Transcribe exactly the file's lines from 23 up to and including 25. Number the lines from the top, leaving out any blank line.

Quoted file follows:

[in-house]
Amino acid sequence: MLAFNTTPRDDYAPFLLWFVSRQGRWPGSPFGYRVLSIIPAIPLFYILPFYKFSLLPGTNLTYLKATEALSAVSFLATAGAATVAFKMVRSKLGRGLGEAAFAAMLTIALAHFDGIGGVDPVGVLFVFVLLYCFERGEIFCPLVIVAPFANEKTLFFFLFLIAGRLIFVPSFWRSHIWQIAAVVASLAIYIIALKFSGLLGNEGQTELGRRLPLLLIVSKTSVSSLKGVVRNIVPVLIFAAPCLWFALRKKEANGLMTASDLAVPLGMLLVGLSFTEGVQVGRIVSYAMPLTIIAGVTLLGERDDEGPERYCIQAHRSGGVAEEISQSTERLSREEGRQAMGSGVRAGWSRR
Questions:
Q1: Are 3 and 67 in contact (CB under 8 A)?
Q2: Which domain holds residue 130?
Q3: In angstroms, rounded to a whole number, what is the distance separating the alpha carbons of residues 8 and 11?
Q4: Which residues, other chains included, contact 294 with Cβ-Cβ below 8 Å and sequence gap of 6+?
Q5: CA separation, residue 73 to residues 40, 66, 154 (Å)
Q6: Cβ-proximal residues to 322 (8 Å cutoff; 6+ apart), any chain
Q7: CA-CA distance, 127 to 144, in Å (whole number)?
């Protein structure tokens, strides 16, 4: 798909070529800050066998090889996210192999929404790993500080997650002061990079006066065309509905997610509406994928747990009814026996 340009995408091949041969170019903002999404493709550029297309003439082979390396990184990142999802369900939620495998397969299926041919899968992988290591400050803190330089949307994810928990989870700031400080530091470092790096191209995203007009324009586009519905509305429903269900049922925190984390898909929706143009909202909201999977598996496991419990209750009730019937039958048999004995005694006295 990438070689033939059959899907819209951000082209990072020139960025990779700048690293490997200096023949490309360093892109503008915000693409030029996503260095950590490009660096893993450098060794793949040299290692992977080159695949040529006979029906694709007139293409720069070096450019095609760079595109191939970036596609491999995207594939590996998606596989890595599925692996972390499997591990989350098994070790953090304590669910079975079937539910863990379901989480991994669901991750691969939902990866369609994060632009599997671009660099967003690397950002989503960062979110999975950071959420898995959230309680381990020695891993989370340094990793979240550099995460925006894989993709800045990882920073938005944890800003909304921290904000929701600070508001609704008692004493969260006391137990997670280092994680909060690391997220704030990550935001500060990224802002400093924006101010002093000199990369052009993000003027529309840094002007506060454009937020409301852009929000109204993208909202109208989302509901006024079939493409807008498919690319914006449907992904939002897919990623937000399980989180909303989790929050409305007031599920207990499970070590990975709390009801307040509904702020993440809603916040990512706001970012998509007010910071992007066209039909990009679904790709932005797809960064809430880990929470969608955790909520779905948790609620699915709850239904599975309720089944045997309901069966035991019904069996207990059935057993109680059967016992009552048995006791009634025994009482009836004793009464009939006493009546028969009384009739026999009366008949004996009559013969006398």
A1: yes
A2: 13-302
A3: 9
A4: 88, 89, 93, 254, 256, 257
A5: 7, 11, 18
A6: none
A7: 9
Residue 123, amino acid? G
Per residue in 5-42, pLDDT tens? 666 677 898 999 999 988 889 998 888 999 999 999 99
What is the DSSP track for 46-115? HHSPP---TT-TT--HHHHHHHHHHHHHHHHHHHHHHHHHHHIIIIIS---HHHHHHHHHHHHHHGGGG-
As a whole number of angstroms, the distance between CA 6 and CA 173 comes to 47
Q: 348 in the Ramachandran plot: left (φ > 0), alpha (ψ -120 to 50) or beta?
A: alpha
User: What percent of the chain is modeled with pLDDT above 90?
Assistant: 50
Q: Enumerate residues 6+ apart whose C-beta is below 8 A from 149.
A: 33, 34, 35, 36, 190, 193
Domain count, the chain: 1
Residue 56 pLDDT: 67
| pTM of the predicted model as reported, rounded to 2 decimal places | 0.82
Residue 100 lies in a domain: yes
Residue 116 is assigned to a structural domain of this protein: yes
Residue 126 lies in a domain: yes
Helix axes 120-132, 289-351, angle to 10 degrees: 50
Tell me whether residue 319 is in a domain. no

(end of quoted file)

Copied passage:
Q: 348 in the Ramachandran plot: left (φ > 0), alpha (ψ -120 to 50) or beta?
A: alpha
User: What percent of the chain is modeled with pLDDT above 90?